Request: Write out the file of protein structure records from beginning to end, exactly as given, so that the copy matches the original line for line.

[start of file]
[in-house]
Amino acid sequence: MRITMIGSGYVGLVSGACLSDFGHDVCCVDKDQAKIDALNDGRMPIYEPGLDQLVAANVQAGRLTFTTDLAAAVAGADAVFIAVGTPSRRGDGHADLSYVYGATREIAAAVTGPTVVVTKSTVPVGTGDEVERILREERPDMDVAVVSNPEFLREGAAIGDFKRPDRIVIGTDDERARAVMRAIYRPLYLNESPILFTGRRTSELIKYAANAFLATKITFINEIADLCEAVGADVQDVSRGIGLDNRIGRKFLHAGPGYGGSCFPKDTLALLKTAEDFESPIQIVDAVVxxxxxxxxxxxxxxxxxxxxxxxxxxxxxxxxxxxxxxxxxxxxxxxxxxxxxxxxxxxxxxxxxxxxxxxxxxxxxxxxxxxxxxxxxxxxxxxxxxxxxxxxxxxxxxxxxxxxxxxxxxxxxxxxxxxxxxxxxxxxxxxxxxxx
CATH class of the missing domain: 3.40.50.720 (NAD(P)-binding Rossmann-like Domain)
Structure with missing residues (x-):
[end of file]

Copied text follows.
[in-house]
Amino acid sequence: MRITMIGSGYVGLVSGACLSDFGHDVCCVDKDQAKIDALNDGRMPIYEPGLDQLVAANVQAGRLTFTTDLAAAVAGADAVFIAVGTPSRRGDGHADLSYVYGATREIAAAVTGPTVVVTKSTVPVGTGDEVERILREERPDMDVAVVSNPEFLREGAAIGDFKRPDRIVIGTDDERARAVMRAIYRPLYLNESPILFTGRRTSELIKYAANAFLATKITFINEIADLCEAVGADVQDVSRGIGLDNRIGRKFLHAGPGYGGSCFPKDTLALLKTAEDFESPIQIVDAVVxxxxxxxxxxxxxxxxxxxxxxxxxxxxxxxxxxxxxxxxxxxxxxxxxxxxxxxxxxxxxxxxxxxxxxxxxxxxxxxxxxxxxxxxxxxxxxxxxxxxxxxxxxxxxxxxxxxxxxxxxxxxxxxxxxxxxxxxxxxxxxxxxxxx
CATH class of the missing domain: 3.40.50.720 (NAD(P)-binding Rossmann-like Domain)
Structure with missing residues (x-):